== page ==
I got the same exact result as last time. It finished at 100%, same as before, with the same error number & message. And image version still shows 356. Will await for next steps.

      Try a complete shutdown and power-off; that is, do a normal shutdown of the PC, then turn off the PSU and wait about a minute.  Turn the PSU back on and start the PC.  Once it has booted up completely, log in as a member of the Administrators group, open an elevated Command Prompt and run

      dism /online /cleanup-image /restorehealth /source:c:\esd-wim\install.wim:1

      Let us know the results.

      Create a fresh drive image before making system changes, in case you need to start over!
      "The problem is not the problem. The problem is your attitude about the problem. Savvy?"—Jack Sparrow
      "When you're troubleshooting, start with the simple and proceed to the complex."—M.O. Johns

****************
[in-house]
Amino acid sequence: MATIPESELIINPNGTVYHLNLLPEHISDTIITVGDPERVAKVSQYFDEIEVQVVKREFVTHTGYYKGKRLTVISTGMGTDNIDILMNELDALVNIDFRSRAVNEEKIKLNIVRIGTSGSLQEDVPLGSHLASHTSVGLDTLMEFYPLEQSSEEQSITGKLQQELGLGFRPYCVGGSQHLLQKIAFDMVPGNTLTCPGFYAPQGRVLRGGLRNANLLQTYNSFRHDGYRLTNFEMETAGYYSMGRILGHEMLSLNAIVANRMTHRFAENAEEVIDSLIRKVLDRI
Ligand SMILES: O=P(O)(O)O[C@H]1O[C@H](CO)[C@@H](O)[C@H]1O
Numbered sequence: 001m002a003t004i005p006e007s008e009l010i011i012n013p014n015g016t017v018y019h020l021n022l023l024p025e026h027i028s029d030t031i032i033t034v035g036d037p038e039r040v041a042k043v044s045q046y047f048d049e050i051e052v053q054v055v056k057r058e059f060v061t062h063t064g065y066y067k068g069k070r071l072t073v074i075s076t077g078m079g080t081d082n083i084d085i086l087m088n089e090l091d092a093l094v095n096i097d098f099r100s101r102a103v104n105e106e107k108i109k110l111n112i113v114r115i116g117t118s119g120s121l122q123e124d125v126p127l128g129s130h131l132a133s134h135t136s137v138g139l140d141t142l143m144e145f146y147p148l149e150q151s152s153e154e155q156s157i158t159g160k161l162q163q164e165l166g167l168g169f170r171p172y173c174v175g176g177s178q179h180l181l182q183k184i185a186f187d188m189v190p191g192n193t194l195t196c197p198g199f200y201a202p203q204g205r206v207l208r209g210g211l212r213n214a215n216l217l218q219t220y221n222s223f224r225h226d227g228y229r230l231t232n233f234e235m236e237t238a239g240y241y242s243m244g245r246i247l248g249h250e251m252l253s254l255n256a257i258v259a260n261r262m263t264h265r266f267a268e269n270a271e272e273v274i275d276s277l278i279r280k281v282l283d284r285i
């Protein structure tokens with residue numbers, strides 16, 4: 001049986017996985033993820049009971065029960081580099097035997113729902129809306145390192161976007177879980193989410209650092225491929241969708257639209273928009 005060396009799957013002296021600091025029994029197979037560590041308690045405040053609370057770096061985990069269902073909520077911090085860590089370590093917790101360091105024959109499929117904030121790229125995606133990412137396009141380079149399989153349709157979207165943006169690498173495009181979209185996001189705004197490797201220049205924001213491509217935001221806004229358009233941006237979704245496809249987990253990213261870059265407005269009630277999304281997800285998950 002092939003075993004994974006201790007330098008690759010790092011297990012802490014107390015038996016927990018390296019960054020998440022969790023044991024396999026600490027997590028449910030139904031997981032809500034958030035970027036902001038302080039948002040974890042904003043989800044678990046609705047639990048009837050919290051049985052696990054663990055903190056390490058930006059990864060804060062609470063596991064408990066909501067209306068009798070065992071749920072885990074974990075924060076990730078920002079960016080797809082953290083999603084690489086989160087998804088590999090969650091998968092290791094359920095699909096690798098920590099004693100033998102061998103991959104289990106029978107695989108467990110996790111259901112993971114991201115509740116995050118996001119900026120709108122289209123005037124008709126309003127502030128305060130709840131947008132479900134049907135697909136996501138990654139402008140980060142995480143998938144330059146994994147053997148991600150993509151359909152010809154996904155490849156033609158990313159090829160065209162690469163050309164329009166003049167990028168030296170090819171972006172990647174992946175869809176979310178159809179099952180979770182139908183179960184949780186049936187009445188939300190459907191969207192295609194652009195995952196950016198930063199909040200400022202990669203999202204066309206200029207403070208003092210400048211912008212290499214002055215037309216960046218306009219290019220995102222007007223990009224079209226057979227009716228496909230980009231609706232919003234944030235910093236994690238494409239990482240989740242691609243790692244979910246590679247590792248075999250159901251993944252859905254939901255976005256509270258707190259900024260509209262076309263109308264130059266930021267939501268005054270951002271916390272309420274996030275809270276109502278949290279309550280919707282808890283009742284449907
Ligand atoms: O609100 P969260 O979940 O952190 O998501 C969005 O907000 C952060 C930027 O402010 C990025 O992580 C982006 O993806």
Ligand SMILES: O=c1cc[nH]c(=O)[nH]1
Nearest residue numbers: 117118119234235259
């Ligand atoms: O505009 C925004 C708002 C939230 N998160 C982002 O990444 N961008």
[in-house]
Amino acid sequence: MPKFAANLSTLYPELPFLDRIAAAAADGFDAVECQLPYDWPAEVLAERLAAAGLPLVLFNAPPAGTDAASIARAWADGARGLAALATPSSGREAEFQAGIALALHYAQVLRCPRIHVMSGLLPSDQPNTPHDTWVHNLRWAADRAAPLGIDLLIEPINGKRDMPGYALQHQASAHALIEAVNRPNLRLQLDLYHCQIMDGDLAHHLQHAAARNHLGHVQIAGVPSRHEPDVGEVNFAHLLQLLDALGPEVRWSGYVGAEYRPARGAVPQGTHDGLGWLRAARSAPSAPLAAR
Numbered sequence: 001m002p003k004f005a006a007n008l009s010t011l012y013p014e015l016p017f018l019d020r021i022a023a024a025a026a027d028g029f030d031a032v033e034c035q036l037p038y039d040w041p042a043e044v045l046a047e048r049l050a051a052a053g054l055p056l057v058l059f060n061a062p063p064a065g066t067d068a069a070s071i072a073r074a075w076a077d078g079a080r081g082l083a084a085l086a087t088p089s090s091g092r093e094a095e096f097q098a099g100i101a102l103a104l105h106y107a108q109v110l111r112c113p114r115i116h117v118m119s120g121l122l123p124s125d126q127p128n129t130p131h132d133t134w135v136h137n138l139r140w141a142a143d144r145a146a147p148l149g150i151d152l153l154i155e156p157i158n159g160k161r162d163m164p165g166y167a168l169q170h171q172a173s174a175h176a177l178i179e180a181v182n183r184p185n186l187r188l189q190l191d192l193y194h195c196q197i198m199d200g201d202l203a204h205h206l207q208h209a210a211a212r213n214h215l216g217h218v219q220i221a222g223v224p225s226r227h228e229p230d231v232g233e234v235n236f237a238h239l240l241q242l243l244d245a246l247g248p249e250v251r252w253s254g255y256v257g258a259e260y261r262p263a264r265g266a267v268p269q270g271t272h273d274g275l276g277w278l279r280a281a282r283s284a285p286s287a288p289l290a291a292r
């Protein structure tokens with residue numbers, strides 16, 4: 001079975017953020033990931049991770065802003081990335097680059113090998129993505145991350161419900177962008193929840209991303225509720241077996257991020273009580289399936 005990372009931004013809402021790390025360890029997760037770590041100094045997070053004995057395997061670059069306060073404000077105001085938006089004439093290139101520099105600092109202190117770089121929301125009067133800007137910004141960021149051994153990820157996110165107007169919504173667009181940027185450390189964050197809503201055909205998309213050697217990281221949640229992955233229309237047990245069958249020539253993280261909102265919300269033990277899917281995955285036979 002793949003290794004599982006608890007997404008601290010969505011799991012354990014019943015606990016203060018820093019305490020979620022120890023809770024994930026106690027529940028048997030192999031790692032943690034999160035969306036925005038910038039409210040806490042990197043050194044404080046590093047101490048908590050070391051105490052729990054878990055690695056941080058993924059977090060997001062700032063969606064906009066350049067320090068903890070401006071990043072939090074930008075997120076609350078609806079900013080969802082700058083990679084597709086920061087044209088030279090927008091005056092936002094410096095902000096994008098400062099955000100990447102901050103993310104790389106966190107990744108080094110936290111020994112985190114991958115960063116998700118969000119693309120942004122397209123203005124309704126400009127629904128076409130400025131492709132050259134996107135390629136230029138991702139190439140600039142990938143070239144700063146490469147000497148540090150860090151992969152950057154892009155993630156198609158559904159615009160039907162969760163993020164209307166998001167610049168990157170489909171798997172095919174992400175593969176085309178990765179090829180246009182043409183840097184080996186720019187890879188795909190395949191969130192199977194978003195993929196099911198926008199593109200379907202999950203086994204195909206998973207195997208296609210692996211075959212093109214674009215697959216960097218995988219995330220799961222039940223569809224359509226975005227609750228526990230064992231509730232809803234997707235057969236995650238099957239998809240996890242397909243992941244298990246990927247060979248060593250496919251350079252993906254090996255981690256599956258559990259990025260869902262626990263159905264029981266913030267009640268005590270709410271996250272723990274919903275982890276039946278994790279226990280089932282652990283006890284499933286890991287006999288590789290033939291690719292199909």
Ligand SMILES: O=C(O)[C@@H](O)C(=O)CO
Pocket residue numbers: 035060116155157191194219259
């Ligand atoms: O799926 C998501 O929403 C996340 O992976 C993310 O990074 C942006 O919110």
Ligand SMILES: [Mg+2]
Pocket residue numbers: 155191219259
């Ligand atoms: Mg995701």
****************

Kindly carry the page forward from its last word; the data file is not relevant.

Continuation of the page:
"Experience is what you get when you're looking for something else."—Sir Thomas Robert Deware

    • #1956366 Reply

      rfinney
      AskWoody Plus

      Looks like the same old, same old . . .

      Deployment Image Servicing and Management tool
      Version: 10.0.18362.1

      Image Version: 10.0.18362.356

      [==========================100.0%==========================]
      Error: 0x800f081f

      The source files could not be found.
      Use the “Source” option to specify the location of the files that are required to restore the feature. For more information on specifying a source location, see http://go.microsoft.com/fwlink/?LinkId=243077.

      The DISM log file can be found at C:\WINDOWS\Logs\DISM\dism.log

    • #1957456 Reply

      bbearren
      AskWoody MVP

      A quick recap to make certain that we’re still on the same page:

      You created, early on, a folder on your C: drive named ESD-WIM.

      In that folder C:\ESD-WIM is your latest extracted install.wim file.

      In Local Computer Policy > Computer Configuration > System > Specify settings for optional component installation and component repair you have the radio button ticked by Enabled.  In the Alternate source file path you have (without the quotes) “wim: c:\esd-wim\install.wim:1” and a check in the box beside Download repair content and optional features…